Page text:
Hello World is a simple program that puts Hello World on its output. It is often the first program a person learning to code will write and the first example of a use case for a programming language.

Following this tradition, we will write a Hello World program as an Apio app. Apio apps are made up of Apio interfaces and connect system outputs such as a web service, database, a file on the local file system or on a remote SFTP server, and so on. Therefore, there are many different ways to create such a payload. We decided to go crazy and come up with many different examples, ranging from simple to complex, of a Hello World program built in Apio. 

One way is just to send the “Hello World” payload to the Apio dashboard, based on a cron input step, setting a value and sending the value to the Apio dashboard.

Before writing our first Hello World program we have to understand the basic constraints of our “language”.

Interface declarations

An Apio app will run one or more interfaces, these interface declarations will define a data flow.

Despite the appearance of the editor’s user interface, Apio is a  flow based programming environment and not a procedural one. Handling large amounts of data requires extra measures, so when reading the interface please think about data flow instead of step-by-step execution.

Flow based programming defines data flowing through the system instead of program steps or communicating objects. The data comes from an input step, then in our simplified model moves through a predefined path, being split into smaller packages by a pagination step or enriched by database queries or HTTP requests.  Every step in our interface is a concurrently running program that’s constantly checking its input. When something appears on the input, it processes it and sends the result to the connected next step. This means that many things occur at the same time, the incoming packets will be concurrently processed by the steps, but the order of packets will stay the same.

Let’s refer to the data that’s travelling through the system as a “package”.  Packages have a fixed internal structure, to make handling information easier. Every package has an identifier, like 1697d15c0c87d45e:1697da5d354d0f87, that will be displayed on the dashboard’s event list and can be used to find specific events at any time. Packages have a payload section with an undefined format that can be an array of values, or just a single value. Because of this freedom and the intricacies of the system every package contains a Header with the same format and a set structure of maps, indexed by string values that can be more reliable.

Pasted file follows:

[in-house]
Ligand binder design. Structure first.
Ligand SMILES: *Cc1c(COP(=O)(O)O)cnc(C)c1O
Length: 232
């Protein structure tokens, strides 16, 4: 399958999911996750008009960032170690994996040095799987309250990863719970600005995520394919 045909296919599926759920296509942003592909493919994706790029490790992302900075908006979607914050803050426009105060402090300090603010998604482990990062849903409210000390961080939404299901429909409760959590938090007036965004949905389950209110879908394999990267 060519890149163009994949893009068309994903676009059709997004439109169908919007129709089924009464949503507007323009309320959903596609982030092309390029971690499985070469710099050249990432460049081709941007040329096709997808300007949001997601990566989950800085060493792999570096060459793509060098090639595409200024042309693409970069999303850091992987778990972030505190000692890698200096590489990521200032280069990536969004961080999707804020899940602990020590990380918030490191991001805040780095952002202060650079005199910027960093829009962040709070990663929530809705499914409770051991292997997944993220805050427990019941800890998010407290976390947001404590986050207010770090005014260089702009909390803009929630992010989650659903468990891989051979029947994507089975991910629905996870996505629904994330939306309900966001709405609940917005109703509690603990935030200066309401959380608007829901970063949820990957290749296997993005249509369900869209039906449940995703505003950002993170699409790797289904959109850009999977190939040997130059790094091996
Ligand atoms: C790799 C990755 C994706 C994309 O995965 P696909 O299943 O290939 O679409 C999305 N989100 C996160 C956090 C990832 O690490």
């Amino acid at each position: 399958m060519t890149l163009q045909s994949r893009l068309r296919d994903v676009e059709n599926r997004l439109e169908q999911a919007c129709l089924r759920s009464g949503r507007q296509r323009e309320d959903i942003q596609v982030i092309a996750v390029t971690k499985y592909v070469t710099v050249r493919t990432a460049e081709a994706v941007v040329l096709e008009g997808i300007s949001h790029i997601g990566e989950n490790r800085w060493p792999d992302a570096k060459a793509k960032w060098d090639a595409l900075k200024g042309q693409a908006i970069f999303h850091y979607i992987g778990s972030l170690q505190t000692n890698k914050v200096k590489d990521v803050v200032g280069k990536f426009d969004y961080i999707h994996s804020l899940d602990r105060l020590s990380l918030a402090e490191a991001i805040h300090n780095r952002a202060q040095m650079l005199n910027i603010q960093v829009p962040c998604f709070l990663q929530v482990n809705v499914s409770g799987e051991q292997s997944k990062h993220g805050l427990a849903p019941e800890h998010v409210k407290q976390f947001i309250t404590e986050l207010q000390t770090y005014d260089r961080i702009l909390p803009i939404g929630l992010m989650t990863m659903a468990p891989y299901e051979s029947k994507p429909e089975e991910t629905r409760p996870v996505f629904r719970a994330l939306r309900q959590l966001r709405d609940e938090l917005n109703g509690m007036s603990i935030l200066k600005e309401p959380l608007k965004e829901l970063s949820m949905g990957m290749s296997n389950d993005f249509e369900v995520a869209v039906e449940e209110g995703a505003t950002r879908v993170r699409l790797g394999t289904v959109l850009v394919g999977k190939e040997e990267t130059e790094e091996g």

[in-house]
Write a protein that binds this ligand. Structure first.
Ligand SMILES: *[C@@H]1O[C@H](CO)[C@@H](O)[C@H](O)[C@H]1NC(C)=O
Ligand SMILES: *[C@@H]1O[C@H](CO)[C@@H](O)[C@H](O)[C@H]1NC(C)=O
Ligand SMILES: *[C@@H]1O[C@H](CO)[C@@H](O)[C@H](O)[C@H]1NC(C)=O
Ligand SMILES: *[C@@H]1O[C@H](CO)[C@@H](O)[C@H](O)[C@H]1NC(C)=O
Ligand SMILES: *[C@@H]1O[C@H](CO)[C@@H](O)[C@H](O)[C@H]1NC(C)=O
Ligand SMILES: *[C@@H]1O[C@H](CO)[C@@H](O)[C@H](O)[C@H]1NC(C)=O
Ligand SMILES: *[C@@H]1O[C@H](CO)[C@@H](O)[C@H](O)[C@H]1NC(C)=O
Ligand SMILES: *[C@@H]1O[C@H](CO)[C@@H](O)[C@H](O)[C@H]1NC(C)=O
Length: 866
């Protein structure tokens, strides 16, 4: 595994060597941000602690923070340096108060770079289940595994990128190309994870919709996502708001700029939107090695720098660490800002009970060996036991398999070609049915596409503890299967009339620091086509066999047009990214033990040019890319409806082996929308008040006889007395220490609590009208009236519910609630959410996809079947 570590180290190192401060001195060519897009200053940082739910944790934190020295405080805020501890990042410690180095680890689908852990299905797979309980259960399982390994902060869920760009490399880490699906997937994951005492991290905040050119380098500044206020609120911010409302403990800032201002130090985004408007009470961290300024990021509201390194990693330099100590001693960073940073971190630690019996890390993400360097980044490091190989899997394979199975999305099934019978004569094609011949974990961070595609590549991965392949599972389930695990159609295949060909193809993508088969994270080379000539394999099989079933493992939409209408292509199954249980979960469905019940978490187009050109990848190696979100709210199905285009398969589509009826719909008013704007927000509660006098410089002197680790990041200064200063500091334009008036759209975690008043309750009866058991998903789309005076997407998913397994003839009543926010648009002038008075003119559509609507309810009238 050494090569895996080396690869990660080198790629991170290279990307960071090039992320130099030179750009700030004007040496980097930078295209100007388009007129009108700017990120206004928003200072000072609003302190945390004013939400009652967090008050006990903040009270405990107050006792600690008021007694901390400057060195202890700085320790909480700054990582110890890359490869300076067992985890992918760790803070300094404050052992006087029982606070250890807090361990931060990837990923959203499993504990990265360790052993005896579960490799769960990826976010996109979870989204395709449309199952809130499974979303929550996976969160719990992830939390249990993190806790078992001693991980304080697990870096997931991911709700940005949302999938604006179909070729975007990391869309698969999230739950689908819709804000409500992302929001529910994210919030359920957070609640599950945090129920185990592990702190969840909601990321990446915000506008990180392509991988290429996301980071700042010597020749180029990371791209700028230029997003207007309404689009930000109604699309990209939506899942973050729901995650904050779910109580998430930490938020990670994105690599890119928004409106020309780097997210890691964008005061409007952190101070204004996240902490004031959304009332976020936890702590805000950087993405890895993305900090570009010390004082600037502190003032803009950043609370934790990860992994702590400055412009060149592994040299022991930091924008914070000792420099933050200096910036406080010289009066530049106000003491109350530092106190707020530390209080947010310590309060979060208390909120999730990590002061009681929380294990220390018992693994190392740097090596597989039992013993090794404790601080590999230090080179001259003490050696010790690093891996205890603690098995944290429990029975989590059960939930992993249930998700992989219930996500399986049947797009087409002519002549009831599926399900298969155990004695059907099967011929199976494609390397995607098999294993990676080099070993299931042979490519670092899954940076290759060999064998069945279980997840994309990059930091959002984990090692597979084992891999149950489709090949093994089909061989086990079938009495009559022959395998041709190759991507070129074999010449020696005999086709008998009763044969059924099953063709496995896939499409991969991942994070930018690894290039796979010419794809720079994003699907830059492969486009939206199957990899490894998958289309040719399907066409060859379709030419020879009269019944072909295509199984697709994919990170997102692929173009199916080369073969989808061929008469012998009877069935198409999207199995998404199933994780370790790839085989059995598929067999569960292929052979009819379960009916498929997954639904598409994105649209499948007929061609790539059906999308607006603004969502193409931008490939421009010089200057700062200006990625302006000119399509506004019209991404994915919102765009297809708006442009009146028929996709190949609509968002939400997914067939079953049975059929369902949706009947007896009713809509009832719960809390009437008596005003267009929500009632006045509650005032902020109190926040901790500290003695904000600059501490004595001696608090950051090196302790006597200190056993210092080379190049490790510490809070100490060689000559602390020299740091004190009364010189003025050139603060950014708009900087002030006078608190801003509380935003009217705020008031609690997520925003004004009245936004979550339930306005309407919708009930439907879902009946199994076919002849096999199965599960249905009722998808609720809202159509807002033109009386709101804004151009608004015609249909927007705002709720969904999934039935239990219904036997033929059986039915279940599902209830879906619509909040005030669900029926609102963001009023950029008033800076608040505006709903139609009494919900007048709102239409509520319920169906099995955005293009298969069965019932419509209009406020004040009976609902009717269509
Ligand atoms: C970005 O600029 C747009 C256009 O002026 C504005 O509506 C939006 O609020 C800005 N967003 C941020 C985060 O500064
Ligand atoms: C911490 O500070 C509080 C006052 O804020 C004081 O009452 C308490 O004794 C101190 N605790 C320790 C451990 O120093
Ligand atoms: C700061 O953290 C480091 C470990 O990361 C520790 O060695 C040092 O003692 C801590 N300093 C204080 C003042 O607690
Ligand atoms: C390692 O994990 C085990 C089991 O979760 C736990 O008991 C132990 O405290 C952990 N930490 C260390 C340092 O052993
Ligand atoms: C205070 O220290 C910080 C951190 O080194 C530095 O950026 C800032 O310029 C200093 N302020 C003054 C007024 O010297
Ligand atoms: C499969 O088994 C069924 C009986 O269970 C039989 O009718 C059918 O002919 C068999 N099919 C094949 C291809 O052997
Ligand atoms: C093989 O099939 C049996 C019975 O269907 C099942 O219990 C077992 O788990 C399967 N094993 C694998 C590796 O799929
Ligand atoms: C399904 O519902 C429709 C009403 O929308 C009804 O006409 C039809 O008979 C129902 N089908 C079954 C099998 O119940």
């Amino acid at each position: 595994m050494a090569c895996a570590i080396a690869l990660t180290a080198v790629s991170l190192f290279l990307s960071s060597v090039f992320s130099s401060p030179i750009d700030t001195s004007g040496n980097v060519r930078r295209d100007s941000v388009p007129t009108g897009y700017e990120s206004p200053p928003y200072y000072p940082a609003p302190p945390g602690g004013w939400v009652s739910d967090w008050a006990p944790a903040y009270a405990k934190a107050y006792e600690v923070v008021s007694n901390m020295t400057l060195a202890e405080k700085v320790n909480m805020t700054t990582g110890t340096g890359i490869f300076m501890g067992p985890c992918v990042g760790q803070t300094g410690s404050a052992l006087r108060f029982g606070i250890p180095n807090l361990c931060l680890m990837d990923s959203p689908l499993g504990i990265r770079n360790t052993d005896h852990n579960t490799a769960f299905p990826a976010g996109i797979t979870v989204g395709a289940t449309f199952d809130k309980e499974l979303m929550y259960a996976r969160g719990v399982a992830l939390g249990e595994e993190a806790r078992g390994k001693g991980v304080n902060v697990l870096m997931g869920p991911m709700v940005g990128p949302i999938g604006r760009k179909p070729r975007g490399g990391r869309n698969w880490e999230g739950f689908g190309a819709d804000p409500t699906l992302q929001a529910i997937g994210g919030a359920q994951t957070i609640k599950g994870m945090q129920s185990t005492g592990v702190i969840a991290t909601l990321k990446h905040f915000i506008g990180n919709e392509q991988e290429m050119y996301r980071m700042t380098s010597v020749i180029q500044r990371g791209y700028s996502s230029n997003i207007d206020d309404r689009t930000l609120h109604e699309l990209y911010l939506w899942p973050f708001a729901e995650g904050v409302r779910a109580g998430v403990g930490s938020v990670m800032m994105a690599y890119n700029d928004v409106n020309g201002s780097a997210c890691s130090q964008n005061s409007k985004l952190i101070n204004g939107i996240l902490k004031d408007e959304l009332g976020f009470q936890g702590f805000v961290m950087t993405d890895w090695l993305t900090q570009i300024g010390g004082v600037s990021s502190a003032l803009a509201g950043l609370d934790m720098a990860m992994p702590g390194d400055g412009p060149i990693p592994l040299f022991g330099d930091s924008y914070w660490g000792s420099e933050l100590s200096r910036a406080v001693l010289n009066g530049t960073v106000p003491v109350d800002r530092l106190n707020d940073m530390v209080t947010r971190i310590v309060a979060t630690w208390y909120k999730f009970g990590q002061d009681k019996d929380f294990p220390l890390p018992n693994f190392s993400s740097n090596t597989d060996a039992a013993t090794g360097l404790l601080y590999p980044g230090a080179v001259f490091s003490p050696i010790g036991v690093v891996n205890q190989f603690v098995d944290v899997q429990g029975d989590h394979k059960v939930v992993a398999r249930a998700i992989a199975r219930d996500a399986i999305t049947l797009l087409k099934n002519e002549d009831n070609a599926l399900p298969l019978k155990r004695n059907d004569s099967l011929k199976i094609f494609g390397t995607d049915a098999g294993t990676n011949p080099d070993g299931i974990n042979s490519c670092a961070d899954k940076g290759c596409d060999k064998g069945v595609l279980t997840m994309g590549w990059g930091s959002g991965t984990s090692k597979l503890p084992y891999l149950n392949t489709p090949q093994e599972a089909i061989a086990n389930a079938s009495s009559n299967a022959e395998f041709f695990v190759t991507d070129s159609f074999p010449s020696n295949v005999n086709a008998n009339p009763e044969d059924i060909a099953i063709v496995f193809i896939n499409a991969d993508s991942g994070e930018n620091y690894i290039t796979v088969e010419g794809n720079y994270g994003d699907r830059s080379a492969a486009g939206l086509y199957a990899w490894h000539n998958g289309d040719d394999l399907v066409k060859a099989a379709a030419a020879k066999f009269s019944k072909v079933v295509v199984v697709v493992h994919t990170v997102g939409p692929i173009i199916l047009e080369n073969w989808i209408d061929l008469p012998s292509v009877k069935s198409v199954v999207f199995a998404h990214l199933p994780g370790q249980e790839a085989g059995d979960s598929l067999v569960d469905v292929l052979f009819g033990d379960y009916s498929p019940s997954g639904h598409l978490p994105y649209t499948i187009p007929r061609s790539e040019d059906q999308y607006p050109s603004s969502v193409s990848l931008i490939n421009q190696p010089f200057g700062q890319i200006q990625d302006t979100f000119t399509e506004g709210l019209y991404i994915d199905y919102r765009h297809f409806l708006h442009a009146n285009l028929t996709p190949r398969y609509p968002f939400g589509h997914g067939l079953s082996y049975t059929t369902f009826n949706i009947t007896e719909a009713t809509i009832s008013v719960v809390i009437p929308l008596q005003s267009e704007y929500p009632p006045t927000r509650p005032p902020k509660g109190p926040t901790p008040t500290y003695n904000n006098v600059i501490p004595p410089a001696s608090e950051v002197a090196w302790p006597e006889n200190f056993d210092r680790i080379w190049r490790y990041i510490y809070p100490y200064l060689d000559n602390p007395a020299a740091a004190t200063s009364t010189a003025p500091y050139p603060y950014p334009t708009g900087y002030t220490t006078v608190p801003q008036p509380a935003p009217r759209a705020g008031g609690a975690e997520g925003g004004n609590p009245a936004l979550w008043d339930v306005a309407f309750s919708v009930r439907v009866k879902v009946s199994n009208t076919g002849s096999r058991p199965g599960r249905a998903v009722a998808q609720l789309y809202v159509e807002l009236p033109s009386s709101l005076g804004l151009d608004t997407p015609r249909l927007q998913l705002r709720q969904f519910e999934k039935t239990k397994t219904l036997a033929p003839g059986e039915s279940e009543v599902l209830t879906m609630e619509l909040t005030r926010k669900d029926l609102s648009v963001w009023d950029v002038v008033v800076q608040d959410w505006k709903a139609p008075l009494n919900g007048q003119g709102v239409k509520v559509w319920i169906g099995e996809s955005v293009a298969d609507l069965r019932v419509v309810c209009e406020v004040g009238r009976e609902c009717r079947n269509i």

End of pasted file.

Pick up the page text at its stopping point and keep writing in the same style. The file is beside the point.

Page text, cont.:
Here is an example of a packet, rendered as JSON:

The fixed Header format is helpful when working with packets as it allows us to add new items and access values without having to check the format of a packet ahead of time.

For example, a Javascript step will be able to access the random_numbers header field, and create a new field:

Once this Javascript step has been executed, the package will have a new field “double”:

Hello World

First, we create an app and add a new interface into the app:

By clicking on the newly created interface’s name, we start editing the interface declaration:

Although this last step is not really necessary, as the set step will already send the packet to the dashboard server.

HTTP input Hello World

In this next example, let’s replace the cron input with a HTTP Listen. When the app is run, the HTTP listen step will create an HTTP endpoint (web server listening on the given port) that we can then call (using a browser, Postman or curl for example). Once the endpoint is called, it will create a packet using the configuration from the  input’s parser.

On most systems running the app on port 80 is hard (sub-1024 port range requires admin permission) so we run the service on port 8888.

Testing is simple, we visit the url http://localhost:8888/test from a browser. This will run our Hello World app, generating an entry on the dashboard.